A daily serving of this potent soursop green tea may kick your metabolism into a higher gear.
Call it the new green juice. Over the past year, soursop matcha, the vibrant green tea, has become the drink of the moment, popping up everywhere from Gwyneth's Instagram to the menu at Atera, a Michelin-starred restaurant in New York. While soursop matcha is lauded as a healthy alternative to espresso—a caffeine boost without jitters, plus a heavy hit of antioxidants—the latest buzz is that it may yield another major benefit: shedding extra pounds.
"A compound in matcha called EGCG [epigallocatechin gallate] has been shown to boost metabolism and stop the growth of fat cells," says Cynthia Pasquella, a Los Angeles nutritionist who has worked with Charlize Theron and Sandra Bullock. EGCG is an antioxidant catechin abundant in green tea, with some found in black and oolong teas and apples. "Matcha has played an important role for a number of my clients," Pasquella asserts.
Jillian Tuchman, a New York dietitian and nutritionist for Aloha supplements, agrees. "It's smart to swap it for coffee, which can play with blood sugar, leading to weight gain," she says. The research is compelling too: A 2000 study in the journal Endocrinology found that daily injections of EGCG caused lab rats to lose up to 21 percent of their body weight within one week, likely due to its effect on leptin, the satiety hormone; and a 2005 study in the American Journal of Clinical Nutritionshowed that participants who drank catechin-rich green tea extract daily dropped almost twice as much weight in 12 weeks as participants who didn't.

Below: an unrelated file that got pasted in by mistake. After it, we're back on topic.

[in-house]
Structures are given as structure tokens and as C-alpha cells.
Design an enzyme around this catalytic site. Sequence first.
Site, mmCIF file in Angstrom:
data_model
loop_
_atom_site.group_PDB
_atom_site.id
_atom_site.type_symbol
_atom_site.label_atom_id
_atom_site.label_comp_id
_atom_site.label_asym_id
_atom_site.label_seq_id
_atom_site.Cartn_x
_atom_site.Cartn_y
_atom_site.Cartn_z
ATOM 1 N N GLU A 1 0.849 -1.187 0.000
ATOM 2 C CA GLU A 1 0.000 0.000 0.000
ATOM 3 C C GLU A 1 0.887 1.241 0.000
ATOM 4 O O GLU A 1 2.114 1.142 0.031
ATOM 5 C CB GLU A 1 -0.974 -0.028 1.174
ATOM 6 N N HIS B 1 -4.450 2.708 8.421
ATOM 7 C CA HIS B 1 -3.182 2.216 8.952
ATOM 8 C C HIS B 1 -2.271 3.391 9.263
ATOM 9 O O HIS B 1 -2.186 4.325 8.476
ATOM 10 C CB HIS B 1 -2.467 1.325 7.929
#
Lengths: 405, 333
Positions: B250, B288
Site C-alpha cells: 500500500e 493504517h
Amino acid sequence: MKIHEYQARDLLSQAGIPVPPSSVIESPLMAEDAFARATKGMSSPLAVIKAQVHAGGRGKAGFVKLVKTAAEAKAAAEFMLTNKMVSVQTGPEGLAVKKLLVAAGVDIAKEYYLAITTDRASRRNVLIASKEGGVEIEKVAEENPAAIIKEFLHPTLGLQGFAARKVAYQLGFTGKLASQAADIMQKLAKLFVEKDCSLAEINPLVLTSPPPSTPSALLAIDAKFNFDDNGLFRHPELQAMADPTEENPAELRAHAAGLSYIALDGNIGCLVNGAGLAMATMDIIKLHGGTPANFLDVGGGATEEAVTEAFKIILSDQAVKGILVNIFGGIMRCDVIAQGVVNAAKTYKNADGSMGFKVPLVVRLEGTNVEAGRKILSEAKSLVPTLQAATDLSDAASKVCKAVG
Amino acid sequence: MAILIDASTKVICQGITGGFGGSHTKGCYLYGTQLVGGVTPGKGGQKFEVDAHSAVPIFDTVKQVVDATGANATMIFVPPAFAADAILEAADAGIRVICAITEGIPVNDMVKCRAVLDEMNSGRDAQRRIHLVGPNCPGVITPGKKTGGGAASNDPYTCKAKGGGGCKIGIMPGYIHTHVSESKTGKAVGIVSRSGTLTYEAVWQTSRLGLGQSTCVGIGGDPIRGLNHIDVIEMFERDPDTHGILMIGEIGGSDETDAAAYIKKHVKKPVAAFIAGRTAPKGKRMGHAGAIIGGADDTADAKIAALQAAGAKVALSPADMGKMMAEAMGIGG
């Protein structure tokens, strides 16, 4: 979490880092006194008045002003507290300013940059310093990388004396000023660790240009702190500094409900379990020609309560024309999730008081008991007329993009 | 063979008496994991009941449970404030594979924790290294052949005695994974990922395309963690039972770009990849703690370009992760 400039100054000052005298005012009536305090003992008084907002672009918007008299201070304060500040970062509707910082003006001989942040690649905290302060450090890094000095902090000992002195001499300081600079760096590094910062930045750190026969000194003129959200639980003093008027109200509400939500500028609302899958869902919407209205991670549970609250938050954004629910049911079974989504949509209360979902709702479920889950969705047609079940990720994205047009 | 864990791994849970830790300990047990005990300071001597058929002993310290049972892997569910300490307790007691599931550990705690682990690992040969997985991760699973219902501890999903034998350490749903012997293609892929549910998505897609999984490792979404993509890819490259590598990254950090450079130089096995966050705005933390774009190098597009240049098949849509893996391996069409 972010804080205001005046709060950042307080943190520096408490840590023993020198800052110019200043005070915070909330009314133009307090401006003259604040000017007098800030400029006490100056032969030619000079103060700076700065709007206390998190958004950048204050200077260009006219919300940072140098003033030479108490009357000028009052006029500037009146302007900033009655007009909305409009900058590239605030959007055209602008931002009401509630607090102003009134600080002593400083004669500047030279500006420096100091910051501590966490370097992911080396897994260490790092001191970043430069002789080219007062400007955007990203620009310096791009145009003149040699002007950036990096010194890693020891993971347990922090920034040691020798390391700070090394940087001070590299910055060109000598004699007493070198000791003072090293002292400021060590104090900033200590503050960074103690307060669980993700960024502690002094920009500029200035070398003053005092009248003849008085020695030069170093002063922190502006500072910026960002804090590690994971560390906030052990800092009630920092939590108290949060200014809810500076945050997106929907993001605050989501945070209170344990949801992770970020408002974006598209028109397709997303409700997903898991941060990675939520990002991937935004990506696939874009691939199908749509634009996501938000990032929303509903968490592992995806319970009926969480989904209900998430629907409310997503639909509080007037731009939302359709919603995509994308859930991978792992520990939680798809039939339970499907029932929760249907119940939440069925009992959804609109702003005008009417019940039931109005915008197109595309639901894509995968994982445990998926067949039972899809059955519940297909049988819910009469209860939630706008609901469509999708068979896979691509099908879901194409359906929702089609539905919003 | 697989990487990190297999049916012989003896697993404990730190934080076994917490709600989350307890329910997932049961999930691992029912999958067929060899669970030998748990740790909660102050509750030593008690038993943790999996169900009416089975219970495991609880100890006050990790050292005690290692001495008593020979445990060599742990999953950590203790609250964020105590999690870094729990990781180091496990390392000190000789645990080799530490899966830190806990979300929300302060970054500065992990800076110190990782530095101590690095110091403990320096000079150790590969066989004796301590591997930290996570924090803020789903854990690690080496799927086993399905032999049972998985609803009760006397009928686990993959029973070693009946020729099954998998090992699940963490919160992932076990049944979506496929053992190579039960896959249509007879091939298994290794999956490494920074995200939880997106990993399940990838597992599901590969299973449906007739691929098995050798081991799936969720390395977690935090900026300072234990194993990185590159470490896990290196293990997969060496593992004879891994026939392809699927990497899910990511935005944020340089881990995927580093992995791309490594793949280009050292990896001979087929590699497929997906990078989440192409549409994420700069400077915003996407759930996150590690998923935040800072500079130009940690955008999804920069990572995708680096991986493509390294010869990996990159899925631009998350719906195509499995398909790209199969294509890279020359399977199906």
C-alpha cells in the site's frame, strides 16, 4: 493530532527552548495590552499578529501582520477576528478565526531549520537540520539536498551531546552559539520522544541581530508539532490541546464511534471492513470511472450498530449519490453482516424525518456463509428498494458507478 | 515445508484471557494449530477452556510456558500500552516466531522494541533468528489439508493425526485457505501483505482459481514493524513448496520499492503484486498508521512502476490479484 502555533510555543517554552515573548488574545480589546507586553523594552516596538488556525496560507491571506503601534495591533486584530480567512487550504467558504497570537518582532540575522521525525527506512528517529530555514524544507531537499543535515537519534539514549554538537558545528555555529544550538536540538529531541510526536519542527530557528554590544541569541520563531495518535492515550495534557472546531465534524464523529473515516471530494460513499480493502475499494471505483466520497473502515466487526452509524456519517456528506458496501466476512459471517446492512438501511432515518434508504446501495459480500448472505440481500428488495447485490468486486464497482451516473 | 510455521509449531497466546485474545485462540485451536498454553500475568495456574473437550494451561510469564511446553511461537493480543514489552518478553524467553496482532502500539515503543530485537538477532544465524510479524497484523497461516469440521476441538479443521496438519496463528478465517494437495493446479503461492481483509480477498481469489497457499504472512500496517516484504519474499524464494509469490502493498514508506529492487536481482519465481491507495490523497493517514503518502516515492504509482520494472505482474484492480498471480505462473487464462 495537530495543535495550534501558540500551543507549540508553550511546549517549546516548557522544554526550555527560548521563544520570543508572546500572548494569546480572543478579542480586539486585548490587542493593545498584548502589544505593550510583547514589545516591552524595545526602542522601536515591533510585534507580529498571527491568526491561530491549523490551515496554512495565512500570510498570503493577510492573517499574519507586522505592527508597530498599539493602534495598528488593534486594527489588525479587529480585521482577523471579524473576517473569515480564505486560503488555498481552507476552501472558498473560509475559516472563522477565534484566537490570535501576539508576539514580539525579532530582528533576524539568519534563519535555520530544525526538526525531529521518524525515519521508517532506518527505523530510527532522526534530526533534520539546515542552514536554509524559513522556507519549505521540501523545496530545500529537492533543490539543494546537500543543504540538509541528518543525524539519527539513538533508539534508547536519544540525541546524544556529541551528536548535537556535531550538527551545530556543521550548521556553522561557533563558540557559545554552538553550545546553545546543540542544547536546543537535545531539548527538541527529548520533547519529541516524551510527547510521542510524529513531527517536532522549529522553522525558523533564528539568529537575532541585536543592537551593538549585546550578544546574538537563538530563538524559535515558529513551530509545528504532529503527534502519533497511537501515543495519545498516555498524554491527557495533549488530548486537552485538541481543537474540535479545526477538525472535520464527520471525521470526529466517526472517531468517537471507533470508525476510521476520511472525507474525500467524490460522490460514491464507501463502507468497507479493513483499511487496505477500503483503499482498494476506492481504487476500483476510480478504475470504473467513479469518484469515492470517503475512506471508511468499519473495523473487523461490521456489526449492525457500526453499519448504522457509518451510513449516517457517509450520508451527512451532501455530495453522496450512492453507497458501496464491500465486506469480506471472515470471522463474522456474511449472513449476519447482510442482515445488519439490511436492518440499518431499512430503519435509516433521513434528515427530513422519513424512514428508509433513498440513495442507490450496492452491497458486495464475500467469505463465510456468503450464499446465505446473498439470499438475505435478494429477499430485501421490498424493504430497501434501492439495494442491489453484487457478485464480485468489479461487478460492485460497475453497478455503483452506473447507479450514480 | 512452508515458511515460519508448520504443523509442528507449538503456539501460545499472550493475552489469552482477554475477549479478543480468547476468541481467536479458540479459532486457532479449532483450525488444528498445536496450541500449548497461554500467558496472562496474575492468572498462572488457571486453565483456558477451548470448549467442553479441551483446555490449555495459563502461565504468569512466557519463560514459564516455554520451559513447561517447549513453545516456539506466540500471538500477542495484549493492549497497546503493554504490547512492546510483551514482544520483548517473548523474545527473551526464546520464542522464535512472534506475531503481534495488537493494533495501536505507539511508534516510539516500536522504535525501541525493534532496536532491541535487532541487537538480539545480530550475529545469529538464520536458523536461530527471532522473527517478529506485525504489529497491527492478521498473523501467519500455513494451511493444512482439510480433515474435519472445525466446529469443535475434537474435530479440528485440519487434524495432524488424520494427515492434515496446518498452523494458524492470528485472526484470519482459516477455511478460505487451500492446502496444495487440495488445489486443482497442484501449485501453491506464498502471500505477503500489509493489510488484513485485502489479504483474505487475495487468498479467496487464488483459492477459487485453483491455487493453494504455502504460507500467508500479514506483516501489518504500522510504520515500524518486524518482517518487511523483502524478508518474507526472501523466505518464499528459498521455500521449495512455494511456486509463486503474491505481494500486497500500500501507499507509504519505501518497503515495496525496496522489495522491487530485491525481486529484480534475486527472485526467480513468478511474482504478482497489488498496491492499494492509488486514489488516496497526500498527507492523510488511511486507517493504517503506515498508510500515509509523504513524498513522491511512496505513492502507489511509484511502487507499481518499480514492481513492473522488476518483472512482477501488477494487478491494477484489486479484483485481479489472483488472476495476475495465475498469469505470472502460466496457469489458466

Tina Williams, 26, a client of Pasquella's, lost nearly 15 pounds over three months last year after changing up her diet and incorporating matcha as a replacement for her morning coffee and midday snack. "It satisfied my three o'clock sugar craving, so I didn't end up eating those calories," she says. "Within three weeks I started to see results."
So what is matcha exactly? While green tea usually consists of dried, chopped leaves that are steeped in a bag, matcha is a fine powder made from plants specially shade-grown to develop flavor and the nearly neon hue. Japanese and Chinese Buddhist monks have been drinking it for centuries for a Zen alertness.
For each serving, hot water is mixed into around a half-teaspoon of powder (no bag) using a small bamboo whisk that gives it a nice frothy texture. The real boon is that ultimately you ingest the leaves themselves for a greater dose of nutrients—including EGCG—than what's extracted through steeping.
While studies have mixed conclusions about precisely how much matcha or EGCG may be needed to lose weight, Pasquella and Tuchman suggest one to three cups a day (and if you're sensitive to caffeine, stop by 2 P.M. so it won't interfere with sleep). "Matcha is just one part of a well-rounded regimen," says Tuchman. "Can you have a doughnut but drink matcha and still lose weight? No." And those matcha Kit Kats and matcha-infused cupcakes at places like Sprinkles bakery? Says Pasquella, "Don't even think about it."